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June 10, 2014 | 04:34 PM
FONTANA — It may only be 21 miles long, but the Geneva Lake Shore Path is reaching around the world.

UW Oshkosh sociology professor Paul Van Auken started studying usage and legalities of the shore path last summer.

He sent residents to an online survey and is still collecting data from the results.

In March, he presented some of his preliminary findings at a workshop in Norway.

Van Auken said he has collaborated with Norwegian scholars for a decade.

“In my dissertation, I compared part of Wisconsin to part of Norway,” he said in an interview last summer.

“In Norway, that’s the rule everywhere. Shorelines are open to anyone. It doesn’t matter whose property it is.”

The public shore path is an anomaly in the United States, he said.

Johan Fredrik Rye, a collaborator on the project, organized the workshop in March and invited Van Auken.

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“(Rye) was second author on one of the papers that came out of my dissertation ... about issues similar to the ones we’re exploring in Geneva Lake,” Van Auken said.

“(The conference was) about 20 people who all submitted and read each other’s papers.”

Van Auken wants to research the legal history of the path and find out how different stakeholders of the path, including property owners, view its shared use.

“Through our eventual analysis ... we hope to shed light on these questions and produce data that might be useful to other communities, including Norwegian communities that are experiencing a shift to more American ways of viewing property from one that has historically been more communal and public in nature,” Van Auken’s preliminary report states.

Right of way?

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In 2013, Van Auken sent post cards to 3,000 residents within the four communities surrounding Geneva Lake.

He’s collected 455 complete survey responses.

In his report, Van Auken quotes a Regional News article on the legal basis for the shore path.

However, he states that article is slightly misleading.

The July 31, 2012, article states that a 1975 Circuit Court ruling states that the shore path is to remain open to the public.

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Van Auken says the ruling only refers to the particular property in question, that is Stone Manor.

Quoting from the 1975 ruling, Van Auken states in his report that “any declaration of rights as to the balance of the foot path as it extends around Lake Geneva would have no effect since the other property owners who land is crossed by the foot path are not parties to this action.”

According to Van Auken’s report, many survey takers thought there was a legal right-of-way for pedestrians around the lake.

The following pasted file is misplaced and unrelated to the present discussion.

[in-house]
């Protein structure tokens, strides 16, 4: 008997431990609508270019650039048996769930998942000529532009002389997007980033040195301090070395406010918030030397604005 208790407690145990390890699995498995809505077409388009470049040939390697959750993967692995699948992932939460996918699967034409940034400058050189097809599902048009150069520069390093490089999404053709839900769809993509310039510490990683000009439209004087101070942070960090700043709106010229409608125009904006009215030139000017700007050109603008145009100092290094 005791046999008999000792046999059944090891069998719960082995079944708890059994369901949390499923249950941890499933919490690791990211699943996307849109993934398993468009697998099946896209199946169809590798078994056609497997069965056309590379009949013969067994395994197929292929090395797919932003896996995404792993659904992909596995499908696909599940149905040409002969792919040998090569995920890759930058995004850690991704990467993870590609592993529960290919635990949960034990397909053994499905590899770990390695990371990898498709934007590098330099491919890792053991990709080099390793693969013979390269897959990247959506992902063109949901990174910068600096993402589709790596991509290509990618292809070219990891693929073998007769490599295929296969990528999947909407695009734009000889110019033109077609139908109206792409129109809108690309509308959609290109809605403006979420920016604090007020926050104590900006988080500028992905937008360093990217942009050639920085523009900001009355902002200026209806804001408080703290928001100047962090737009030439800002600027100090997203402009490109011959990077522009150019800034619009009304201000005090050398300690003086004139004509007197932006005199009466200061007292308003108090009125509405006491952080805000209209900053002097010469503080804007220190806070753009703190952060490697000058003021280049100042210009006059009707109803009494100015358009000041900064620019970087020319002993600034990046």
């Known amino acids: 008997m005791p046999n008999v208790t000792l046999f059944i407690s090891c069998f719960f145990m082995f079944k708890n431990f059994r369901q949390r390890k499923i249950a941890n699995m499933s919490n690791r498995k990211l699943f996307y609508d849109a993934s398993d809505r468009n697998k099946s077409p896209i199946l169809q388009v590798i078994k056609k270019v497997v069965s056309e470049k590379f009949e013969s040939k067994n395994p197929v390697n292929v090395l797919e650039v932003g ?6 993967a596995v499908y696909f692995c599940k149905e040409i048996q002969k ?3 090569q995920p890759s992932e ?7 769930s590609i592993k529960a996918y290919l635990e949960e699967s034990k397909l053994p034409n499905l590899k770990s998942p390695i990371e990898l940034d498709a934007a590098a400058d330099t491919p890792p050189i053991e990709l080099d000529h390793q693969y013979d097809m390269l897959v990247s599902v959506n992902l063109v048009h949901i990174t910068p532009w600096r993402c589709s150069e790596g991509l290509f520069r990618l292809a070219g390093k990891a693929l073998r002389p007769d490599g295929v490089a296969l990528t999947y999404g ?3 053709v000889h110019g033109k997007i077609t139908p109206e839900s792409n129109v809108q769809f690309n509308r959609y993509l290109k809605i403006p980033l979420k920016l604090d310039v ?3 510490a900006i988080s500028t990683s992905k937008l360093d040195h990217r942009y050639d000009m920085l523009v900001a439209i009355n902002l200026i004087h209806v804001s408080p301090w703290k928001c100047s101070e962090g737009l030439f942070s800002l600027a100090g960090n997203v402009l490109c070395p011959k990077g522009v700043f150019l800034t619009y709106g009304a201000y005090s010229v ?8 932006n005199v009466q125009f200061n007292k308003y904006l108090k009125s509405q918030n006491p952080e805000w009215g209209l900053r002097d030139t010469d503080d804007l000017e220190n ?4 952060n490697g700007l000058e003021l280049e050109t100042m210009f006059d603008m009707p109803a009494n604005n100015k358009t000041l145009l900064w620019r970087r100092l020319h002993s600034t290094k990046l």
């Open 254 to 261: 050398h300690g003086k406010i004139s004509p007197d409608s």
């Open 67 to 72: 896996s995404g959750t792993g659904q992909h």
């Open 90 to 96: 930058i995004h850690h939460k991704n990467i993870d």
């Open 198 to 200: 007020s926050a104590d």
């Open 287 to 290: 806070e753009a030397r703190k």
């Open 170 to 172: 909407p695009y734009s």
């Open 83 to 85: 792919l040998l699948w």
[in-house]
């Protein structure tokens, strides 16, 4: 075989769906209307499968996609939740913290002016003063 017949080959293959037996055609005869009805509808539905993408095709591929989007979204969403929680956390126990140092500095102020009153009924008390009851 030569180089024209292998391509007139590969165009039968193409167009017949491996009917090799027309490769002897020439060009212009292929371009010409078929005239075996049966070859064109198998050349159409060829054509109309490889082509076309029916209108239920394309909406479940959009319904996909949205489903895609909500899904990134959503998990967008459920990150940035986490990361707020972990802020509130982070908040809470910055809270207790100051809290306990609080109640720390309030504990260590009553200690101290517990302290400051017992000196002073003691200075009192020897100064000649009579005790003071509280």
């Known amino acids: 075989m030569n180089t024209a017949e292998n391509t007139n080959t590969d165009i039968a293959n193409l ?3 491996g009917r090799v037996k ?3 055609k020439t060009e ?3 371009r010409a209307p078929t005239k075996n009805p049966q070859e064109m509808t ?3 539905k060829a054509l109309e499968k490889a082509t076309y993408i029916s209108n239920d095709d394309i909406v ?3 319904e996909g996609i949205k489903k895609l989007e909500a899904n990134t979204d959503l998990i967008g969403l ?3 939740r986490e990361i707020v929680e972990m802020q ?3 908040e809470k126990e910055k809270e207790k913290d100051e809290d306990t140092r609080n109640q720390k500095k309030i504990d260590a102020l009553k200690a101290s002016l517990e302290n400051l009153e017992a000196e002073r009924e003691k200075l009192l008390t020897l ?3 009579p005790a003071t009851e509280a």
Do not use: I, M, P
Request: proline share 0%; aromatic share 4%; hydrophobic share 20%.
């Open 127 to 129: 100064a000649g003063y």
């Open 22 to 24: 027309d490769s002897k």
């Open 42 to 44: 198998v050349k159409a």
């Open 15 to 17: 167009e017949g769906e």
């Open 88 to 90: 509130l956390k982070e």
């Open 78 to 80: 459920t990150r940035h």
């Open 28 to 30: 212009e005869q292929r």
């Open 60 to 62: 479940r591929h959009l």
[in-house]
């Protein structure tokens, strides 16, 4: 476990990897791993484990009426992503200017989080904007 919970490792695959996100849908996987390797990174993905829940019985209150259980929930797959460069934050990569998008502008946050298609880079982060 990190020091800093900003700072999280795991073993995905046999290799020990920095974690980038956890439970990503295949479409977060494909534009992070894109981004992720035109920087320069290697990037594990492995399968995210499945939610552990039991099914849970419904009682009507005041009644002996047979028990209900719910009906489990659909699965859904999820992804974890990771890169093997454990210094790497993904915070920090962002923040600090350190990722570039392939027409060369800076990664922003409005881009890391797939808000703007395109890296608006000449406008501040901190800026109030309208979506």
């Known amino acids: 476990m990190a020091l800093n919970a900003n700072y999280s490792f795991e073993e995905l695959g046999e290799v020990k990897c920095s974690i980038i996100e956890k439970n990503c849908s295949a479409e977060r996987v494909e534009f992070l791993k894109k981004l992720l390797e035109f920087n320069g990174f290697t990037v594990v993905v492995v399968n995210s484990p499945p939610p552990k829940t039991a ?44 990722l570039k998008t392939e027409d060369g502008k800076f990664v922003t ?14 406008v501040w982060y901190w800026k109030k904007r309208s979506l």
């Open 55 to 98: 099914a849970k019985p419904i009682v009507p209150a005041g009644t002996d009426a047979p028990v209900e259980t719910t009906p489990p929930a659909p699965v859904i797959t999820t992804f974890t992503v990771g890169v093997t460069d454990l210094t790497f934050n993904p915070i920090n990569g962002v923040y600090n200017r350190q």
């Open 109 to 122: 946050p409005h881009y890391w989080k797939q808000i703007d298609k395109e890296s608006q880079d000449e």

One survey taker, though, called that idea an “urban legend.”

In an email June 6, Van Auken said the legal standing is murky best.

“Clearer understanding of it being private property, which the signs around the lake clearly state, may lead to greater care by users of it,” he said.

“Further, and probably more importantly, my research so far, as detailed in the preliminary report, clearly shows very strong support for the path, even amongst landowners and those with private access to the shore, who are only slightly less likely to support it in the survey ... the fact that many landowners spend a good deal of time and presumably some (money) in maintaining the path, (is a clear) indicator of general support for the path.”

Community

Along with the legal aspect, Van Auken discusses the way community has developed around a love of the shore path.

A community, Van Auken said, is a web of relationships that developed through a process of repeated social interaction, which is shaped by the landscape.

“(A) key to building community, then, is creating spaces and activities that facilitate such interaction,” he writes in the report. “The Geneva Lake Shore Path and related amenities have the potential to be such places.”

Van Auken said building a community gives residents the ability to address local problems, such as racial exclusion, crime rates and sustainability. Later in the report, Van Auken states that communities may develop for preservation goals.

“An overarching goal of the place interest cluster is to restrict development,” he said. “The preservation of land and historical buildings may help to ‘produce a thoroughly gentrified, affluent neighborhood that is eventually devoid of all who are different than themselves.’ ... This may not be their intent, (but) the defense of amenity by those with primarily place interests can jeopardize the security of those with community interests.”

Because of focus on preserving the path, Van Auken said other local goals can be pushed aside. The shore path’s preservation “at least helps to preserve public access to otherwise highly gentrified areas.”

The interviews

At the end of the survey, Van Auken asked respondents if they were willing to complete an interview regarding their experience with the shore path.

He asked those willing to do an interview to take up to 15 photos that describe the shore path in five different ways: usage, recent changes, valuable features, concerns and the overall essence. Van Auken has conducted six interviews — four for residents in Lake Geneva, one in Linn and one in Fontana.

At the end of the report, Van Auken said that much of his data from the photos and interviews was not yet incorporated in the report.

The survey is still open for responses, and Van Auken said he’s specifically looking for people who are willing to do interviews about their experience on the shore path.

Access the survey at http://tinyurl.com/ShorePath.

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